I don’t know. Actually, I only wrote that because I needed a headline.
The Globe ran an editorial today entitled “Where’s the housing” which asked the question, Where’s the housing?
It costs so much to build in the city of Boston, due to lack of land and the high cost of construction (and because developers want to make a lot of money), so little is built here. Meanwhile, in the suburbs, residents don’t want new neighbors, because they’ll have kids, and those kids will go to public schools, and therefore everyone’s taxes will go up, plus residents don’t want more traffic and congestion (and because they want big yards and don’t want condo developments because then poorer, darker people will be able to afford to move in), so little is built there, either.
Good editorial. I have two things to say about it, though.
The Globe repeats the oft-quoted statistic that the city of Boston “has issued permits for 17,000 units over the past seven years”, most recently permits for the 523 units of housing at Olmsted Green.
You always hear the Mayor bragging about the number of housing units that have been built over the years of his administration.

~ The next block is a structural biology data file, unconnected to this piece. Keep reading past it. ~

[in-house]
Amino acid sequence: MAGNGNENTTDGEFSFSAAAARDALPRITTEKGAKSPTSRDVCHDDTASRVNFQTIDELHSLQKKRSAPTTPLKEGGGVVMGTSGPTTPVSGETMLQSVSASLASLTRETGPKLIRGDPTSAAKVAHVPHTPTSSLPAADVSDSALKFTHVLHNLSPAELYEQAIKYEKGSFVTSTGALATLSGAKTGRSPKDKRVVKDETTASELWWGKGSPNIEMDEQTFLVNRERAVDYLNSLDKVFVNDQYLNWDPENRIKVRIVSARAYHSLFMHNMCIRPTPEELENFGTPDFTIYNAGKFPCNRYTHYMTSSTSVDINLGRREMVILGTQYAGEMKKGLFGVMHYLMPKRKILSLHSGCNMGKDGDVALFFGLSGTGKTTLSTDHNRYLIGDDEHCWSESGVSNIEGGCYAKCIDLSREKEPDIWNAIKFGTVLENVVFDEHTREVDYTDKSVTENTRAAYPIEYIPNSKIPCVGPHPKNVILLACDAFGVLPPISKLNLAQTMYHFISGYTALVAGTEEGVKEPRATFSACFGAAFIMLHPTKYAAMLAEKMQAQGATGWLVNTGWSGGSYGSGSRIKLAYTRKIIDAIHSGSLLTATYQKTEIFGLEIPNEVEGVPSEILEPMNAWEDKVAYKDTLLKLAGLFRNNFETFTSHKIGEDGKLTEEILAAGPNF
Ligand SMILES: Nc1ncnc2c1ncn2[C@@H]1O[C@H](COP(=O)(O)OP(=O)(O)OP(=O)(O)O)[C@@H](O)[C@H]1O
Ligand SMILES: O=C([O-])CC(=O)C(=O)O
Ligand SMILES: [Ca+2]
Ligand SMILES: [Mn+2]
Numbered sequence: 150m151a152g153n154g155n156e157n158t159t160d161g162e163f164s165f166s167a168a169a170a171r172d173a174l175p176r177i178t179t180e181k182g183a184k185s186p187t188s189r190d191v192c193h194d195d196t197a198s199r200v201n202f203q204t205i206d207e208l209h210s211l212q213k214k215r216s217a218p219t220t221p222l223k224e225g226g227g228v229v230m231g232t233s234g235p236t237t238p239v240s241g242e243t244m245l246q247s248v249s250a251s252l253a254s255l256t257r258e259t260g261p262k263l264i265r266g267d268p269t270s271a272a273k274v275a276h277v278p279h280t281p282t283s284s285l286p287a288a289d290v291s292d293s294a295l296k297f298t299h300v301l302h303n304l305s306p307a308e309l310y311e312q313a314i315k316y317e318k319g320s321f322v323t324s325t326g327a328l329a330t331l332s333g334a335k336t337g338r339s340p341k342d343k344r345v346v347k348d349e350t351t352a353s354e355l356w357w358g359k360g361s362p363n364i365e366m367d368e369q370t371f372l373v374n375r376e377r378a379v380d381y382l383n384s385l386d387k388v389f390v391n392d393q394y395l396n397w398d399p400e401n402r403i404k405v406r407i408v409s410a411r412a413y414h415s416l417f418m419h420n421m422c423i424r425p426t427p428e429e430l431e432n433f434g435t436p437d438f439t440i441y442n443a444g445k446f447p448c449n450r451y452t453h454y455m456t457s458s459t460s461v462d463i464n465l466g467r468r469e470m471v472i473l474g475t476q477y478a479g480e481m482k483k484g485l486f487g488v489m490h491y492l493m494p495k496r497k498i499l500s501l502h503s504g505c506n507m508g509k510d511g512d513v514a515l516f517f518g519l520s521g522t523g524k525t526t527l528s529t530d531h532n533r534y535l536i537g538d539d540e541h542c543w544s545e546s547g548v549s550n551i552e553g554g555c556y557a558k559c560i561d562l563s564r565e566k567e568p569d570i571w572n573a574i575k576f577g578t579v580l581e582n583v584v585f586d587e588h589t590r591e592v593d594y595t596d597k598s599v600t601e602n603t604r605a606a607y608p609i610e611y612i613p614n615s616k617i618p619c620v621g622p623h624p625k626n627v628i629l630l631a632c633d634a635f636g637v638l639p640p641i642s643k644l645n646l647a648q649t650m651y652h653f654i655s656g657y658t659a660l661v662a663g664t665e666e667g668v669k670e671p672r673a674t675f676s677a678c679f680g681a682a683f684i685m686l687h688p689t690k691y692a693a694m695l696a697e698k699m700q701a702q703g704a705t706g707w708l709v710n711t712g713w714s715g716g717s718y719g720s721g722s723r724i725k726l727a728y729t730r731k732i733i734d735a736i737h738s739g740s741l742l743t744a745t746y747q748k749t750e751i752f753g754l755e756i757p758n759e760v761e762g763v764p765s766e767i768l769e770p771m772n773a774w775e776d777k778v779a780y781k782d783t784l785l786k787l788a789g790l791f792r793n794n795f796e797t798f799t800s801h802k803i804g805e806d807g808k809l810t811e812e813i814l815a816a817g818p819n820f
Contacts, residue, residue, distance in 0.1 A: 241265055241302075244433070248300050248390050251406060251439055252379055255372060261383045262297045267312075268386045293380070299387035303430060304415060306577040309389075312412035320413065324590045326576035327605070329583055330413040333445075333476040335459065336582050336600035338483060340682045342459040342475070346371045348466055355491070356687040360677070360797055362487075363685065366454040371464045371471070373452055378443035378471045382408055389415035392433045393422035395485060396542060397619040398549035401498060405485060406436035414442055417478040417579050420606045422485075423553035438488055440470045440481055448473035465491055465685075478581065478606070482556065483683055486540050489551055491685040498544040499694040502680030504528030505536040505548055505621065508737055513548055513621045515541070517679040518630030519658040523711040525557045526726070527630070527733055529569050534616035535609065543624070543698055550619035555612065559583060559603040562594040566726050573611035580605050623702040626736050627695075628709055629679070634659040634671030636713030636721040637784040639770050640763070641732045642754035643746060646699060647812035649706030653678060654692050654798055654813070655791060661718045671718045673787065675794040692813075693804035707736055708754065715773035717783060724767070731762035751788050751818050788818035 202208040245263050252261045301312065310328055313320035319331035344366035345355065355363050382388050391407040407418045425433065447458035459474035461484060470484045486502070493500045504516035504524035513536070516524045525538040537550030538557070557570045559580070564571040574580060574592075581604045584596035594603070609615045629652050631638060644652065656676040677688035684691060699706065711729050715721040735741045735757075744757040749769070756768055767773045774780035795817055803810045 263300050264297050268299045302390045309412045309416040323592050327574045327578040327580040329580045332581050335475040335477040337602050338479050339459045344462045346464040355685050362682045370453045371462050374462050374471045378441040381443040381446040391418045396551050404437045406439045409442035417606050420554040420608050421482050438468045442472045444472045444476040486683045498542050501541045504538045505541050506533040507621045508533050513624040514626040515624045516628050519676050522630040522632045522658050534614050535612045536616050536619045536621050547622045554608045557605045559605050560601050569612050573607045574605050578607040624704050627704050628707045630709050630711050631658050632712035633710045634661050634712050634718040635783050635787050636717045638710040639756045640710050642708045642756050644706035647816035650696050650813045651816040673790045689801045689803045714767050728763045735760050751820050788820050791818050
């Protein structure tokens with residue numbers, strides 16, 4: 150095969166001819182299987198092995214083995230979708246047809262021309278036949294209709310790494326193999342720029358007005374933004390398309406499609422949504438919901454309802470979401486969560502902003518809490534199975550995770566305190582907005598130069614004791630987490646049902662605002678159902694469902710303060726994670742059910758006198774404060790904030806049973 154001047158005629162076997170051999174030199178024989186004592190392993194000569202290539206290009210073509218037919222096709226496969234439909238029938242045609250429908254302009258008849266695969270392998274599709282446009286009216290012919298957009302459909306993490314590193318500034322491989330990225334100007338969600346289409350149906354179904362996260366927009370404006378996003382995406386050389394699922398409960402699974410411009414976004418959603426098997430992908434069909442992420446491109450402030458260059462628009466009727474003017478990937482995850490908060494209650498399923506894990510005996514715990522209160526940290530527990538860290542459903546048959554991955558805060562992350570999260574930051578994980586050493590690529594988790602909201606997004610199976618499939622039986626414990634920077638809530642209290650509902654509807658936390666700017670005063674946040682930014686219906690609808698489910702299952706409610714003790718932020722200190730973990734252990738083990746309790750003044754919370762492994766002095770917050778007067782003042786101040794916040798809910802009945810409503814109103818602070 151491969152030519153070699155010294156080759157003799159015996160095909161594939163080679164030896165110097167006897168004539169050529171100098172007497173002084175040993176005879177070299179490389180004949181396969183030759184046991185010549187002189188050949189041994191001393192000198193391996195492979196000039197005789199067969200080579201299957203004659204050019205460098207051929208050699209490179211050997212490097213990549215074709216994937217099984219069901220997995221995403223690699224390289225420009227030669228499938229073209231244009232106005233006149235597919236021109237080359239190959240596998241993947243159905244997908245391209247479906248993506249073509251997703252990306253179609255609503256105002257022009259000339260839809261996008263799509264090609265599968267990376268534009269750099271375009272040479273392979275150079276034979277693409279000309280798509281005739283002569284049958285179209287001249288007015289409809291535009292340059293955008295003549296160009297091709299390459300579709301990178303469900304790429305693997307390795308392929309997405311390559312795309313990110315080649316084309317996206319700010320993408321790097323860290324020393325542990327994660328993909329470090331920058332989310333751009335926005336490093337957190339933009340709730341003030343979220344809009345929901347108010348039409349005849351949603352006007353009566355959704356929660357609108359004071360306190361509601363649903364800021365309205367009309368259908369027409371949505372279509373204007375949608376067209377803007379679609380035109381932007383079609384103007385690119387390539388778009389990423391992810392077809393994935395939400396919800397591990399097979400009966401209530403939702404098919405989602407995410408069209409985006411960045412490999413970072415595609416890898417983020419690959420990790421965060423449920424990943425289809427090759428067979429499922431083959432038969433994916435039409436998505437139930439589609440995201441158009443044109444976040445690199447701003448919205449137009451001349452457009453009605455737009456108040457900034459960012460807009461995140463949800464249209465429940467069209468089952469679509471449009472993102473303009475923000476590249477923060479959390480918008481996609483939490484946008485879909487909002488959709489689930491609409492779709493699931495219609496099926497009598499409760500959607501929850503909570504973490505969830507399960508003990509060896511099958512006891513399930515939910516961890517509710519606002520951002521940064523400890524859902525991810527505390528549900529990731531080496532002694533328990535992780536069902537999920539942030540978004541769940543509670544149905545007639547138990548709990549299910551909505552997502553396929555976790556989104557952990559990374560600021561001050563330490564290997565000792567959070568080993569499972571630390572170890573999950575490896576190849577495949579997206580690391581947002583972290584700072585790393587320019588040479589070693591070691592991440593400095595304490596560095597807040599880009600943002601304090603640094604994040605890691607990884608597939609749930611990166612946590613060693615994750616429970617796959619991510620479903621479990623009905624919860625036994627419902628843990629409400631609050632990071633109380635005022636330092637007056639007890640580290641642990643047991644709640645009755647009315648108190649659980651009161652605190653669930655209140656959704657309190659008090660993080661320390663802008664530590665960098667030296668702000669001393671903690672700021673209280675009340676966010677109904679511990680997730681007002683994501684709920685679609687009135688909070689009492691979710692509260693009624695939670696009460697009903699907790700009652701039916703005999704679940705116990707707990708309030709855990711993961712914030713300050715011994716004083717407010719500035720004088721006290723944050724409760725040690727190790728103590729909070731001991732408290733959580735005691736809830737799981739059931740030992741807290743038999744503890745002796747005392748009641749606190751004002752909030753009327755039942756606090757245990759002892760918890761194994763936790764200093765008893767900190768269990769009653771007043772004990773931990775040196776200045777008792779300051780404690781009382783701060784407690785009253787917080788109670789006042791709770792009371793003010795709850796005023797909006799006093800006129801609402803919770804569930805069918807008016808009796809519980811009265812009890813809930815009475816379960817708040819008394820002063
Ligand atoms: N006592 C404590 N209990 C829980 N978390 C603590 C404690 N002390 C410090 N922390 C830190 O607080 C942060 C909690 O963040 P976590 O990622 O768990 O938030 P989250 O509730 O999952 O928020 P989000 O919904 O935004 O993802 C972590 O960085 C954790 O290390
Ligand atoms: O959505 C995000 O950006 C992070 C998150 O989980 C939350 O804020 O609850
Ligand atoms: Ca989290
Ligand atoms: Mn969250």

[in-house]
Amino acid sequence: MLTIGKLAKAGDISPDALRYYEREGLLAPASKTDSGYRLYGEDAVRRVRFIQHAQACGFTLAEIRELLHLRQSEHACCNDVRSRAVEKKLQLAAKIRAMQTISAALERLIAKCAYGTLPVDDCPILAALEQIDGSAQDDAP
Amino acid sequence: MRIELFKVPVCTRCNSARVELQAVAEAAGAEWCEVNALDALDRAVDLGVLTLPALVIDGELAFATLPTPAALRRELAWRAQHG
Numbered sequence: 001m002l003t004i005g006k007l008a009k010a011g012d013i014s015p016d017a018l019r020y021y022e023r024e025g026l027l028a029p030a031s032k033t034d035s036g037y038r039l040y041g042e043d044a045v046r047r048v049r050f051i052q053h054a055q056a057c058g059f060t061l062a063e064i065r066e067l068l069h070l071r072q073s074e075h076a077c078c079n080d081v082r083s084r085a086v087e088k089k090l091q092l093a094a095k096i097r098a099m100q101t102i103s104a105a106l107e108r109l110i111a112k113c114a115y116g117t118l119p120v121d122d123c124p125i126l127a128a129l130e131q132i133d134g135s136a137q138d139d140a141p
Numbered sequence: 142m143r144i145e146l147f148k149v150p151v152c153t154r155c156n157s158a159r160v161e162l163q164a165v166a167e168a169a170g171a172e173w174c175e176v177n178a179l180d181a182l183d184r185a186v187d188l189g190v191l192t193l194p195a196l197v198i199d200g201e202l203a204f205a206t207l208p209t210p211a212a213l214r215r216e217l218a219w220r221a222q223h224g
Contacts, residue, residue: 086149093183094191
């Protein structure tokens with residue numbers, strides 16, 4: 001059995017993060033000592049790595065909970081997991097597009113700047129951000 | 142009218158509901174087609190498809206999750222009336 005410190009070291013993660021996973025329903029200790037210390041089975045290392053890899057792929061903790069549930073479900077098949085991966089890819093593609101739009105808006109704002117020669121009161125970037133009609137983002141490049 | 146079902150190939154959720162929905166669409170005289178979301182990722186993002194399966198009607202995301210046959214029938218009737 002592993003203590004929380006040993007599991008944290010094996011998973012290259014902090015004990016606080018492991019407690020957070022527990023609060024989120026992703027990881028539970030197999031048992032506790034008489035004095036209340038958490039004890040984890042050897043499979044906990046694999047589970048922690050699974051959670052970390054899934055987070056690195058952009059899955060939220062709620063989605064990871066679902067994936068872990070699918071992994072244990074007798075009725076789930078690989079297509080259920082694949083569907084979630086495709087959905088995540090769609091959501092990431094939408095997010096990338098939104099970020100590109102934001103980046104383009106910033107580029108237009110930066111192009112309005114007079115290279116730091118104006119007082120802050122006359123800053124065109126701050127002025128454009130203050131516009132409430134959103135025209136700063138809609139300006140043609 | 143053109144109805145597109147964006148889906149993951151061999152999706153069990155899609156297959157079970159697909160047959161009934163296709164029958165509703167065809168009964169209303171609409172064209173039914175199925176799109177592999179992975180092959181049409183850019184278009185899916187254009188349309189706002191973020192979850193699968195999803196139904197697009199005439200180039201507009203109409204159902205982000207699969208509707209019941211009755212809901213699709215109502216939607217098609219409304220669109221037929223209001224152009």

I am, how you say, extremely skeptical.
First, as even a child knows, what is permitted and what is built is two different things.
Second, the city includes just about anything and everything in their total – from multi-million dollar condos in the Ritz Carlton Towers (hi, Manny!) … to the renovation of apartments in your local housiing project.
Not that they don’t count.
But, don’t fool yourselves.
The actual number of market rate (and below market rate) condos built over the past half-decade is much less than they say.
Except I have no hard data to back up any of my assertions.
You want data, read a newspaper.
The second thing I want to say is, if I have to hear this story about this poor dental surgery resident one more time, I’ll burst (you’ll have to read the Globe editorial to see what I’m talking about).